Tech – for Everyone

Tech Tips and Tricks & Advice – written in plain English.

Cloud Computing/Web 2.0

Jargon 101: the “Cloud” = the “Internet”

It might be hard for you to believe, but there is a great deal of jargon and a large number of buzzwords in the world of computers and “tech”. There’s a mind-numbing assortment of acronyms too; and it is not hard to become FUWA (Fed Up With Acronyms). Today I want to look at an industry buzzword that has been floating around since 2004 — “Web 2.0”.

Historically speaking, in the world of tech and computing when you see 2.0 (“two point oh”) it means “second generation” (or, “second iteration”). What this is supposed to mean is: “we have totally remade our product, and fixed all that was found wanting in our original release”.
Since acquiring the new 2.0 will doubtlessly cost the consumer some cash, a mere fixing of problems is not enough, and so 2.0 almost always means that there will be some new feature (or ability) added.. as a “value bonus” (aka “bloat”).

With this in mind, the idea of a Web 2.0 sounds pretty-durned good.. doesn’t it? Fix everything that’s wrong with the Internet, and give us new abilities too? Fantastic!!! Sign me up!

I mean… there’s plenty that a ‘2.0′ could fix. Imagine an Internet that was really fast.. for everyone: with zero spam: a limit of two ads per webpage: that simply could not infect your machine with “drive by’s”: had actual enforcement of Copyright laws (sorry.. a pet peeve): that never crashed or misdirected…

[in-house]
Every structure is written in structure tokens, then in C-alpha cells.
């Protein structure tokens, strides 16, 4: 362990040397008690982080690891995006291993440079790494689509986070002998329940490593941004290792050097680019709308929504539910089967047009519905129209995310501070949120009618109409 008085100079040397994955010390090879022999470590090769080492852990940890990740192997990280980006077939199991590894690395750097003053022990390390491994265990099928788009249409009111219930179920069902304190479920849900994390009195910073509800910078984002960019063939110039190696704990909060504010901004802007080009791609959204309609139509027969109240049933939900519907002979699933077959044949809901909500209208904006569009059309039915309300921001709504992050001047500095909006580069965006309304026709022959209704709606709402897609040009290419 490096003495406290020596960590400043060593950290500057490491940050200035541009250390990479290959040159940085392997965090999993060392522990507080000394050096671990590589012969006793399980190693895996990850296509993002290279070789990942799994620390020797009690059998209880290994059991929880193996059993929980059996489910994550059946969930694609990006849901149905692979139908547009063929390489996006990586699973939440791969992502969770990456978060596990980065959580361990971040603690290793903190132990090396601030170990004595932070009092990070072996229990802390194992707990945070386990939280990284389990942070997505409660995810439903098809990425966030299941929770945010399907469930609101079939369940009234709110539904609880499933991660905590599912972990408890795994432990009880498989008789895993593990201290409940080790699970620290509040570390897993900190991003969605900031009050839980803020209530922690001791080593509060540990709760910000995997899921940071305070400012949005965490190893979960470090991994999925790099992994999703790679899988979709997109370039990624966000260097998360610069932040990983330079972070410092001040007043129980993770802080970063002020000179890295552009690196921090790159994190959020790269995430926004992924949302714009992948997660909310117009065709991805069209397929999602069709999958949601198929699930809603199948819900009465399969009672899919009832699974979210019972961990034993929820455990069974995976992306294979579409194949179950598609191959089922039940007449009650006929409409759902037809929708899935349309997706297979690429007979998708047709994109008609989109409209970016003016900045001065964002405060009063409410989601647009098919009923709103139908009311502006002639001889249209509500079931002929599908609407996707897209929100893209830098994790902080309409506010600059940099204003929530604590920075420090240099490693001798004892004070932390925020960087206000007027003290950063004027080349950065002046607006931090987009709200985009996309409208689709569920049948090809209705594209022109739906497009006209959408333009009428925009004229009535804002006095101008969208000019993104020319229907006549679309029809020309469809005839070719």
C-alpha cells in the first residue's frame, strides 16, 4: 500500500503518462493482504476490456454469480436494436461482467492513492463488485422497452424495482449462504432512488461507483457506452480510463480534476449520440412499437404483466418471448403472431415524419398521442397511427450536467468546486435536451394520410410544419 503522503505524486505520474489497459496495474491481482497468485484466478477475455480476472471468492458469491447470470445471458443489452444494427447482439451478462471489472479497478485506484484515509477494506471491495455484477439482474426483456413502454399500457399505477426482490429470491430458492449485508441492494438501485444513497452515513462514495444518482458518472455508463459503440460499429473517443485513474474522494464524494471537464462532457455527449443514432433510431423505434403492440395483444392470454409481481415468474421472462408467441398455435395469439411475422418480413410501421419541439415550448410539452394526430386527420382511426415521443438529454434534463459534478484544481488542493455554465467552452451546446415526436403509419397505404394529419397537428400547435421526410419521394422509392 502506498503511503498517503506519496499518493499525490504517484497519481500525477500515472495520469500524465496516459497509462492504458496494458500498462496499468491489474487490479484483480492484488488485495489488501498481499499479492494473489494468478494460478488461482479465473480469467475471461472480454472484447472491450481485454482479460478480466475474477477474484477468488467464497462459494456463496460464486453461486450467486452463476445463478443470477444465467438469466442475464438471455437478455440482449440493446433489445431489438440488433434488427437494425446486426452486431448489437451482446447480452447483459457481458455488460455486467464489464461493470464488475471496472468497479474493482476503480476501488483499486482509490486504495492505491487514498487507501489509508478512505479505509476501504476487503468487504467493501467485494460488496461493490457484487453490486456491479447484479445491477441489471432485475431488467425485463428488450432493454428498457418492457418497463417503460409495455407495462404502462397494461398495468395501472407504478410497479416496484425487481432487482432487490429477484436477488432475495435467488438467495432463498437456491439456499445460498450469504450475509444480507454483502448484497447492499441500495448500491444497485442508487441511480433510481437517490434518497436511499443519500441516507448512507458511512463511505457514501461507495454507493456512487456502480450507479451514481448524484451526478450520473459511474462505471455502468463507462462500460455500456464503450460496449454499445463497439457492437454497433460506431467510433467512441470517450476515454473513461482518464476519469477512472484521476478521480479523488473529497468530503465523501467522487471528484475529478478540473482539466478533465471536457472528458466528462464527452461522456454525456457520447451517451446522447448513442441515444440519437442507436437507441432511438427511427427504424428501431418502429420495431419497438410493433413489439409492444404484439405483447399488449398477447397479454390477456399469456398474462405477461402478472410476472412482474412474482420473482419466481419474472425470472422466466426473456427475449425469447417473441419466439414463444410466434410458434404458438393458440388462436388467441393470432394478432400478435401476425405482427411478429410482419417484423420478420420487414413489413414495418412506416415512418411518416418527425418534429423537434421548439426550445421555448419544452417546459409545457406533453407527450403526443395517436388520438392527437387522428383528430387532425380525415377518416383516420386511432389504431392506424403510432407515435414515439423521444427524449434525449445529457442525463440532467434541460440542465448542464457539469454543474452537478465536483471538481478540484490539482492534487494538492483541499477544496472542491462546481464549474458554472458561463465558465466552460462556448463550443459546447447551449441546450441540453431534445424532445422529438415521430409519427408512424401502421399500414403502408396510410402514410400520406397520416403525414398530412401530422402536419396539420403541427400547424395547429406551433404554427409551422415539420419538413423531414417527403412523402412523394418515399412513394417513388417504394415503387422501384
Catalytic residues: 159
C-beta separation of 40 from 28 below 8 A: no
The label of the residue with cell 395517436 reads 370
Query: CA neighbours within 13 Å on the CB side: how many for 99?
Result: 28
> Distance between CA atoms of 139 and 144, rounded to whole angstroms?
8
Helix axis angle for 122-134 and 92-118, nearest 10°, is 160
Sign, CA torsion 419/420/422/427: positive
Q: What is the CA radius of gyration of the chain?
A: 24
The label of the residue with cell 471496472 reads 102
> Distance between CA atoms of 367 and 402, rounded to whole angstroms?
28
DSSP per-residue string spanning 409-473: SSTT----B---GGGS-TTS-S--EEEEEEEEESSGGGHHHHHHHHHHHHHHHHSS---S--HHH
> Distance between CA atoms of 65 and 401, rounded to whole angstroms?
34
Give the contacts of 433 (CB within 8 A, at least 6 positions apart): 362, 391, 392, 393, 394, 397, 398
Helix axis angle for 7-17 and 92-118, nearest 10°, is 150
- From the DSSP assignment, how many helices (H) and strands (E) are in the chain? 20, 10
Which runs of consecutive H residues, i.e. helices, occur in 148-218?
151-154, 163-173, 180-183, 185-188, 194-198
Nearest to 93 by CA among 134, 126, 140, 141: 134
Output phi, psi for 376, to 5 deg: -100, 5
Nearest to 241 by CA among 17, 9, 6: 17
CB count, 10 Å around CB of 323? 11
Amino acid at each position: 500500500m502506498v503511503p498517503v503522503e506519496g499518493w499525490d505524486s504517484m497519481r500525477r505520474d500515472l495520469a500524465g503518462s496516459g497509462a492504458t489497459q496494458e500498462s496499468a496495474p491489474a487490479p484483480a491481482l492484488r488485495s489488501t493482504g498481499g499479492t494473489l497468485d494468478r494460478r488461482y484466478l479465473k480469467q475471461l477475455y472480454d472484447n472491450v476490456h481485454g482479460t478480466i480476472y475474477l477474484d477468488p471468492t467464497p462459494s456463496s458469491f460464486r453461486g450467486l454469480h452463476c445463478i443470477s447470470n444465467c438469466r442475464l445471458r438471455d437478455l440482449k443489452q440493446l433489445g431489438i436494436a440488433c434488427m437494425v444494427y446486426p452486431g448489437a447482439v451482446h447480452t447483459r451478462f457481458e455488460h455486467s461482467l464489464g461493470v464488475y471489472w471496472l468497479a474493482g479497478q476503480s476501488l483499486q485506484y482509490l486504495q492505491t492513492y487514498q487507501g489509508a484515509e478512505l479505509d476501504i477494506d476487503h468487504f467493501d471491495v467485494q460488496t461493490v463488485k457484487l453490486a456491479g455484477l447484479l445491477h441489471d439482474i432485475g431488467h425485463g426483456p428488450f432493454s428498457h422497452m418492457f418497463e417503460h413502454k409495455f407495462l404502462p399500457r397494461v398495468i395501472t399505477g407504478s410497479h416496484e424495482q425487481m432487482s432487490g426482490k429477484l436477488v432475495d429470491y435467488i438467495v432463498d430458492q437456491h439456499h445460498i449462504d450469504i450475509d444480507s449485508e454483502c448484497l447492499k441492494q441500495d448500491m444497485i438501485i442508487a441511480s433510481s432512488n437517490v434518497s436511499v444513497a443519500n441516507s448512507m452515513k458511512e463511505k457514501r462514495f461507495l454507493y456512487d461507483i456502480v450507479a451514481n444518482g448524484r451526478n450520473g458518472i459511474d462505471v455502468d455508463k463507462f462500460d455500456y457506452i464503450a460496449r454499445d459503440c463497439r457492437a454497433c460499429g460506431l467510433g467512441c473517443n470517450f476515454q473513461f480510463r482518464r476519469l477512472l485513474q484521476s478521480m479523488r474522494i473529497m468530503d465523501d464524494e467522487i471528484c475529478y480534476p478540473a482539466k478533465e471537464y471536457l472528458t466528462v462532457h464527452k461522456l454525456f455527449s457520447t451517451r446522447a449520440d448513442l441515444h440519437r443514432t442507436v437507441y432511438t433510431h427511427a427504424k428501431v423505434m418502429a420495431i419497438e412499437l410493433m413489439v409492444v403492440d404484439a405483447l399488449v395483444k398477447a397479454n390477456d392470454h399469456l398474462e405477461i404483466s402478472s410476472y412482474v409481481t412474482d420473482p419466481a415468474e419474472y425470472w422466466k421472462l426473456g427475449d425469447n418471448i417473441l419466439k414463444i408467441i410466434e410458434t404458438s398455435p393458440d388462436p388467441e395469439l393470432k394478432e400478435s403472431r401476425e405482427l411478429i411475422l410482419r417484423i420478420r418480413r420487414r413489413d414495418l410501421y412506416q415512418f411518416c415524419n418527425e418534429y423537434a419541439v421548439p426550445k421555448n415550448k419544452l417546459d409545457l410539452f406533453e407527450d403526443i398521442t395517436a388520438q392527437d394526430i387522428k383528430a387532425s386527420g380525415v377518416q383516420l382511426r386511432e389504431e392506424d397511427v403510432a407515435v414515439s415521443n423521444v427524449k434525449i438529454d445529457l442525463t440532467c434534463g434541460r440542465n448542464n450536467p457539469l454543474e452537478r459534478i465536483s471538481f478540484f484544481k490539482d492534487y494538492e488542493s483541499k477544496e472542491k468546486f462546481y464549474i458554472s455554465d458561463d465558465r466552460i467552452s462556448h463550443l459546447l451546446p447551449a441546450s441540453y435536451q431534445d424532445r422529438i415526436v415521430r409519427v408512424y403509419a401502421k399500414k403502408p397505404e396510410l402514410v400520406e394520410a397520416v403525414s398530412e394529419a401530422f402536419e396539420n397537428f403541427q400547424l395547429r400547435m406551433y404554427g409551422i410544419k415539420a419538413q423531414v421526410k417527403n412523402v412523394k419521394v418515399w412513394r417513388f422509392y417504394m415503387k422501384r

Sadly, when we hear (or read about) “Web 2.0″ what we are hearing is marketing hype. Nobody is talking about fixes or improvements to the Internet itself. What they’re talking about, really, is kind of vague, but generally boils down to these two concepts:
1) that consumers can upload to the Internet, as opposed to merely “viewing” or downloading content. This is seen in the “social networking” sites, such as Facebook and MySpace, and the “photo-sharing” sites, such as Flickr and Picasa. It is also referring to the ability to use the Internet to communicate with IM/chat.. or “forums” and “chatrooms” or blogs.
2) that we will come to rely on web-based programs, and eventually do away with installing applications on our own machines. Some are calling these programs “webware” (and, “SaaS”, and “cloud apps”, and…)

It is the second ‘concept’ which is the most significant, and there is already a strong move in this direction afoot. Imagine that you no longer have a word processor on your machine. When you want to create a document, you open a browser and log onto your* account and use the tools there to write. The document you create is stored on some remote server, just like a webpage, so you can access it from any (Internet-connected) machine,.. and make it “viewable” to anyone or everyone. Heck, you can make it so that they can “collaborate” on your document and make edits and other changes to it.
There’s even talk of making your machine’s operating system web-based.. so all your machine needs to do is boot-and-browse. Somebody told me that Google… (see, Is Google Chrome OS cloud computing’s silver lining?)

Today’s free link(s): Well, guess what? Web 2.0 is here, and there are several web-based applications already available. Not only are these tools “the wave of the future”, but can be really useful to some folks.. such as a “road warrior”-type businessperson; or for those types of projects that require multiple authors, or contain info from many departments. And, conceivably, these tools can save you money by replacing the programs you have to buy and install.